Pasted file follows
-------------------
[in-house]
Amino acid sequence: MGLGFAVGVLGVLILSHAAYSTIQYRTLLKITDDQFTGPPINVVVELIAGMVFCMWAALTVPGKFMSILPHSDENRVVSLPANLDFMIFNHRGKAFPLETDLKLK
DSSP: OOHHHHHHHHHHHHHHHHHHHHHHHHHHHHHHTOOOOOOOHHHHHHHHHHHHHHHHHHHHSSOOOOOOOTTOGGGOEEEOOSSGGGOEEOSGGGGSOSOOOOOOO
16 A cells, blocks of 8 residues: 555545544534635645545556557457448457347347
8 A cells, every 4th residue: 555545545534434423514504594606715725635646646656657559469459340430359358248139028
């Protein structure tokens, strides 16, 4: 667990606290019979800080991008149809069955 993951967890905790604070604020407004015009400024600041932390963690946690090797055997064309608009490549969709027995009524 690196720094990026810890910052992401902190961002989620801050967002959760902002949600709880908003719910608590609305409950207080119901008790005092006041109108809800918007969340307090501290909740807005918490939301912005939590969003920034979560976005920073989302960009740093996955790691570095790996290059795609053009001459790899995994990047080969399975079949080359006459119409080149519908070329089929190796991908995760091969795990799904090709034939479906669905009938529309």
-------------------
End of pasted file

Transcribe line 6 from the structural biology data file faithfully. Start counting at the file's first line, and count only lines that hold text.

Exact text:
């Protein structure tokens, strides 16, 4: 667990606290019979800080991008149809069955 993951967890905790604070604020407004015009400024600041932390963690946690090797055997064309608009490549969709027995009524 690196720094990026810890910052992401902190961002989620801050967002959760902002949600709880908003719910608590609305409950207080119901008790005092006041109108809800918007969340307090501290909740807005918490939301912005939590969003920034979560976005920073989302960009740093996955790691570095790996290059795609053009001459790899995994990047080969399975079949080359006459119409080149519908070329089929190796991908995760091969795990799904090709034939479906669905009938529309």